Read more of this story at Slashdot.
As the OUYA Android gaming console hits the first tier partners and Kickstarter funders, the team behind production has made it clear that starting next week, they’ll be building and shipping market-ready units 24 hours a day, seven days a week. With the standard OUYA unit, you’ll be seeing a grey console and grey controller
Less than a year after calling mobile one of its biggest risks, Facebook has made another big move to attack the mobile market with Facebook Home for Android devices.
Could a Roman gold ring linked to a curse have inspired J.R.R. Tolkien to create The One Ring?
Fosbury Goes Beyond Apple Passbook Pass Creation, Making It Easy To Manage, Distribute & Track Campaigns, Too
Fosbury, a new startup helping companies design iOS Passbook campaigns, is launching its online DIY design and distribution platform today, which is being made available on a pay-as-you go basis. Although quite a few services in this niche have sprung up since the announcement of Apple Passbook’s mobile ticketing and couponing app last June, Fosbury’s angle is that it offers not just Passbook design tools, but rather an end-to-end platform for creating, managing, distributing and analyzing Passbook campaigns.
While Addappt has been teasing painless contact syncing between iOS-using friends and colleagues since its December launch, its invitation-only nature has kept most of us on the sidelines. It may be time to try Addappt now that an update opens the doors to the public. On top of widening the app’s audience for its update once, share everywhere approach, the 1.3 release brings group management that easily lets us lump coworkers or social circles together. Messaging is appropriately easier as well — it’s possible to quickly text or email everyone in a given group, including the option to share more photos at once than the five that iOS usually allows. A port to Android isn’t yet on the cards, but iPhone and iPod touch owners tired of missing phone number changes can give Addappt a whirl today.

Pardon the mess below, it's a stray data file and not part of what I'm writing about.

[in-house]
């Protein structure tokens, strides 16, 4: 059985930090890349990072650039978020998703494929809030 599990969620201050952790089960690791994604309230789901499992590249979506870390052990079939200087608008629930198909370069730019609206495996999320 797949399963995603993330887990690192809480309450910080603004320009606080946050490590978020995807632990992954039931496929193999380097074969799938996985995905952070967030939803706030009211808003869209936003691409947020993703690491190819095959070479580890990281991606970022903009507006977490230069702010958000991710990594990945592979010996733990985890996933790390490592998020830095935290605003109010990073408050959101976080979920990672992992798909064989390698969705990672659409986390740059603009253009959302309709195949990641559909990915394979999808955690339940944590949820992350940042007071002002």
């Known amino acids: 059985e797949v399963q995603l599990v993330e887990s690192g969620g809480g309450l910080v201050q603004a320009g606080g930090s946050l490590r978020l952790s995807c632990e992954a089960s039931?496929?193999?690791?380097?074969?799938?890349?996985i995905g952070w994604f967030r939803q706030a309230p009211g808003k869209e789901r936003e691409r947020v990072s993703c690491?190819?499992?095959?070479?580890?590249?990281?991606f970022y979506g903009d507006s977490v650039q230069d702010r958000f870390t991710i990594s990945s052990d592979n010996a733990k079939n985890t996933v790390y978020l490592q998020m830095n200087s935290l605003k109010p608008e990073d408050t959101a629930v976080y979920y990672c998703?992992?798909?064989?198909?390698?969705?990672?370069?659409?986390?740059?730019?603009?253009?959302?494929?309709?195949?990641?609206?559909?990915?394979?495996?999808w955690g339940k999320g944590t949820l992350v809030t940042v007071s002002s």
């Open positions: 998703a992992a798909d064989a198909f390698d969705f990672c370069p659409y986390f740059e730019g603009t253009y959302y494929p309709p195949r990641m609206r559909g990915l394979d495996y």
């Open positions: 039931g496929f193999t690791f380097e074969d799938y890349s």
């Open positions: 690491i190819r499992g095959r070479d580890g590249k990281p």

Via: The Next Web
Source: App Store
BlackBerry began a fight to regain share in the key U.S. market on Friday with the debut of the first phone running its BlackBerry 10 operating system.
We knew that Redbox Instant would be coming to Xbox 360, it was specifically betrayed by a leak way back in November and the company has been pretty up front about the planned support. Now the app is available through Xbox Live, delivering its streaming library to millions of Microsoft gamers. The $ 8 a month service just became available to the public during the last week. If you’re curious, but not quite ready to add another subscription to your life, Xbox Live Gold customers can enjoy a free trial of 4,600 unlimited streaming titles (though the 4,000-plus movies available for purchase or rent will still set you back a few more bucks). To try it out yourself hit up the Xbox Live Marketplace, where you’ll also find the newly launched GameTrailers app.
3D printers might one day be as common as inkjets, letting you conjure up plastic visions of whatever pops into your head. At least, that’s the vision of its promoters and there’s now a wide variety of models and form factors in the market ranging from sub-$ 1,000 price tags up to $ 3-4k for more sophisticated systems. But despite the obvious utility for designers, prototypers and the like, will less demanding users warm to the tech? Join moderator Brian Heater for a discussion of 3D printing’s future with Hod Lipson, Professor of Engineering, Cornell University; Max Lobovsky, Co-Founder, FormLabs; and Avi Reichental, President & CEO, 3D Systems.
Lomography’s Smartphone Film Scanner has reached that moment that every crowdfunding project strives for, but often seems elusive: everyday sales. The peripheral is now sitting in stock at an ordinary, post-Kickstarter $ 59 price. As you’d expect, the functionality remains what we were promised earlier in the year. Slot in an iPhone, or certain Android smartphones, and scanning 35mm film or a slide is just a matter of lining things up and snapping a photo with the phone’s camera. Anyone who’s sitting on a treasure trove of old photos — or is just holding on to that film SLR for dear life — can shop for the scanner at the source link.
Via: Gizmodo Australia